We can also learn from the legal field and negotiation methods, just like those successful baseball players who practice hitting any and every form of a curve ball that is possible. A lawyer getting ready for a trial prepares for any and every question the opposition may ask. In negotiations, one brainstorms (see brainstorming techniques in several of my blogs on the subject) a list of every adverse possibility to be ready.
Now, in baseball and in business, a curve ball is expected and is more commonly thrown. It’s also evolved, with multiple versions, speeds, and occurrences. It’s extremely important to study each player, person, and scenario to know who can throw that curve ball, and when. Today, the best hitters in baseball, and the best business professionals, have made their way to the top by not only being able to predict when a curve ball will be thrown, but also being prepared and ready to “hit it out of the park” and continue to be successful.
Just as the term comes from baseball, we can learn from the sport on how to be more prepared for a situation coming ‘out of left field’; again, a baseball term. If we can be more prepared and ready for when a curve ball is thrown our way, we will be more successful as a person, a professional, and a business.
This blogpost was jointly written by
Baseball and sports marketing expert Riley Wancket
Author, Speaker, Business Brain Booster,
Hazel Wagner, PhD, MBA, BBB
The late Tony Buzan called mind maps the Swiss Army knife for your brain
Mind maps turn ideas and thinking into a colorful diagram. It is a way to transfer your thoughts to paper (or your screen) and then imprint it more visually and permanently to your memory.
You can use mind mapping for organizing, presenting, explaining, planning, learning, negotiating, taking notes, and making notes.
All you need is a piece of paper turned horizontally and some pens or pencils, preferably, but not required, in several colors. The different colors make the process more fun and the resulting drawing more memorable.
Data may prove your point and drive away your audience at the same time
When we are trying to make a point, attract followers and support for an idea, we don’t want to appear to be expressing only our unsubstantiated opinions.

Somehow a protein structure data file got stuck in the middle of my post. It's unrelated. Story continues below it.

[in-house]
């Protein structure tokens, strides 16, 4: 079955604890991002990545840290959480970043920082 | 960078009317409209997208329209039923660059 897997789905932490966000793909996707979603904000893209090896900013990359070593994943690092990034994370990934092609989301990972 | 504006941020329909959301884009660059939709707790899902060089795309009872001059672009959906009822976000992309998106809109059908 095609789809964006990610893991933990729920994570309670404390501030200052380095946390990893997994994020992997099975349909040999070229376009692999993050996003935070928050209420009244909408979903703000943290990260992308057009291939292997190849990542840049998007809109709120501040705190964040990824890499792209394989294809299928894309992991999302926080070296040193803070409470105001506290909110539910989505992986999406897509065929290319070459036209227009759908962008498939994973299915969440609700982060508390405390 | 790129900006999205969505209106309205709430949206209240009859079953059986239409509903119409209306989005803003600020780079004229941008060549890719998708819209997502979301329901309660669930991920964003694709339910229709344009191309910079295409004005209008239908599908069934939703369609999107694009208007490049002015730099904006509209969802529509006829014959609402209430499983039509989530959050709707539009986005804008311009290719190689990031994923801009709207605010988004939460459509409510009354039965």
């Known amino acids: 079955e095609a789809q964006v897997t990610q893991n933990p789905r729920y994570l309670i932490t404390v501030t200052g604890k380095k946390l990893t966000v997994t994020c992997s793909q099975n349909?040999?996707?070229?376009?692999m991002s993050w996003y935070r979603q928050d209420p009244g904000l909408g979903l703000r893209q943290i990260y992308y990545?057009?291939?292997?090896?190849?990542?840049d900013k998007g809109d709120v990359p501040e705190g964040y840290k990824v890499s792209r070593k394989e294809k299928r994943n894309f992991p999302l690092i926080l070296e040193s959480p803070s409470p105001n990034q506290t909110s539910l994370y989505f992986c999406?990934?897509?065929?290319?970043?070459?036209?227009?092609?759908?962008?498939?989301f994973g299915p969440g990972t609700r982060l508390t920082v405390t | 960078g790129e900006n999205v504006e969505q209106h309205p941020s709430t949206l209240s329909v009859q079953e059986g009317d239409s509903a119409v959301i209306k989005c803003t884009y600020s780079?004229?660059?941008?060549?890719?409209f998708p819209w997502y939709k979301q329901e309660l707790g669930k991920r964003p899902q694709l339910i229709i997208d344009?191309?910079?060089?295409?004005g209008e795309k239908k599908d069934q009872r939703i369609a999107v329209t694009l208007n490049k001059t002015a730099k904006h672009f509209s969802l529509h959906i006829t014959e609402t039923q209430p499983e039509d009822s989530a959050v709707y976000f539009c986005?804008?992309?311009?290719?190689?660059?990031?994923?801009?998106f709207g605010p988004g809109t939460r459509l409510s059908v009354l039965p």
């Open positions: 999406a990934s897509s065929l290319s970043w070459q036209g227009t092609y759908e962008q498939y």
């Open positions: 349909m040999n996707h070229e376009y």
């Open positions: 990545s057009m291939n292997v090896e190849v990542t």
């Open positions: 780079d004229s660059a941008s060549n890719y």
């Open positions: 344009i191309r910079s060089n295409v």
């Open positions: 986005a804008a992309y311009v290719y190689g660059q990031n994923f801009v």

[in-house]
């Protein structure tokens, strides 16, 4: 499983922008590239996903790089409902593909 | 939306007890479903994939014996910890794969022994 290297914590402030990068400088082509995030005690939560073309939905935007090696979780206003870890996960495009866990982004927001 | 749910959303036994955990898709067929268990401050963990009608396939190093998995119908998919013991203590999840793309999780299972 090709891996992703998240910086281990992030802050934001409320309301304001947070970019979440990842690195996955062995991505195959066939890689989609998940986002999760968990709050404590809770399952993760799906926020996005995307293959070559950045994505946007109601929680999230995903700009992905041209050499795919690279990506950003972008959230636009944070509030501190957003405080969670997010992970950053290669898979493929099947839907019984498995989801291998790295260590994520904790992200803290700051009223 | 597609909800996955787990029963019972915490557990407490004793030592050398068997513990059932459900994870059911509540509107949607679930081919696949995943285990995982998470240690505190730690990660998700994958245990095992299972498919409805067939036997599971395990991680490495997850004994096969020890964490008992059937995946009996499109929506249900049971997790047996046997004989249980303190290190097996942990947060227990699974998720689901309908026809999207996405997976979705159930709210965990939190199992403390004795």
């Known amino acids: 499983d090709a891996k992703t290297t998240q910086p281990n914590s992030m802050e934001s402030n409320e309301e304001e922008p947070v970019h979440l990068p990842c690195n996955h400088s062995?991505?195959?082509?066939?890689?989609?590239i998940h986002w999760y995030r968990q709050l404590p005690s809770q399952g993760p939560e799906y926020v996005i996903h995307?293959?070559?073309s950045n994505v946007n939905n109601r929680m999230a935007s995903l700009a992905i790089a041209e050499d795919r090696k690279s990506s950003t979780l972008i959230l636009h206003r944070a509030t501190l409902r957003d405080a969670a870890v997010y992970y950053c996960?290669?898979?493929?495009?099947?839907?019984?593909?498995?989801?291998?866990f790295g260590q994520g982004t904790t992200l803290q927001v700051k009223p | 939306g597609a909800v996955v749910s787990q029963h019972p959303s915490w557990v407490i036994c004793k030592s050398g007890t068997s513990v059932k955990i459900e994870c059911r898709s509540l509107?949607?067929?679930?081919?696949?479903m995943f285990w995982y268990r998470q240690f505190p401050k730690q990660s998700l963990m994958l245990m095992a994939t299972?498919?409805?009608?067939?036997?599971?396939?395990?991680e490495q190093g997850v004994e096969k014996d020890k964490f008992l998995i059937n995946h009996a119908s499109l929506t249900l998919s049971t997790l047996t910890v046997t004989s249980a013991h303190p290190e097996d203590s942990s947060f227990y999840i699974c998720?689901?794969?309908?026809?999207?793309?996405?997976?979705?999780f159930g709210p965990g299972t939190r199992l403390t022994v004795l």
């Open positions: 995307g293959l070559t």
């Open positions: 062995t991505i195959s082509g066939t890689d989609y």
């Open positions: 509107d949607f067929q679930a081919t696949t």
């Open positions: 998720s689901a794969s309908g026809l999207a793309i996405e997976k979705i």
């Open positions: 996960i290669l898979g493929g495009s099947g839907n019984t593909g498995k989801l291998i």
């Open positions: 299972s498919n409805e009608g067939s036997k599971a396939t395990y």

What to do? Use diagrams, not graphs and charts, use diagrams, simple drawings that make your point quickly and easily.
Grab a piece of paper or paper napkin if you are sitting in a restaurant, explain with a quick drawing. This is how it looks, this is how to get there, here is how I think it will fit, this is one way we can accomplish the goal, here is a mind map of the options we have.
Mental shortcuts, we all make them throughout the day. In a sense, they are necessary coping mechanisms your brain has been developing your whole life. Because there is no way to pay equal attention to everything within eyesight, earshot, and close enough to touch, our brain has developed filters to let in what it believes you need to know and leave out a large majority of what is going on around you.
Consider for a moment how you function during your daily drive or ride, or even walk, to work.
Most of what you pass by is a blur. Most of what you pass you take little or no interest. So much so that when you arrive at your destination you will not remember seeing or hearing most of what was actually there.
Your cognitive bias made those decisions for you. The filters you have built up to protect yourself from over stimulation and clutter worked.
But, and that is a big but, did you miss something that in the past wasn’t important but now is? Did you assume you knew what happened but really didn’t?
We can’t function in a busy world without our filters and we can’t take for granted that we didn’t miss anything important.
So what can you do? Ask others what they saw and heard. Ask for other viewpoints, other experiences, to add to your own. Be open minded about what you might have missed or added into a scene because of your filters, your own cognitive biases. They, too, have biases. Together you may both get a more complete picture.
Ask open questions and listen openly to the answers.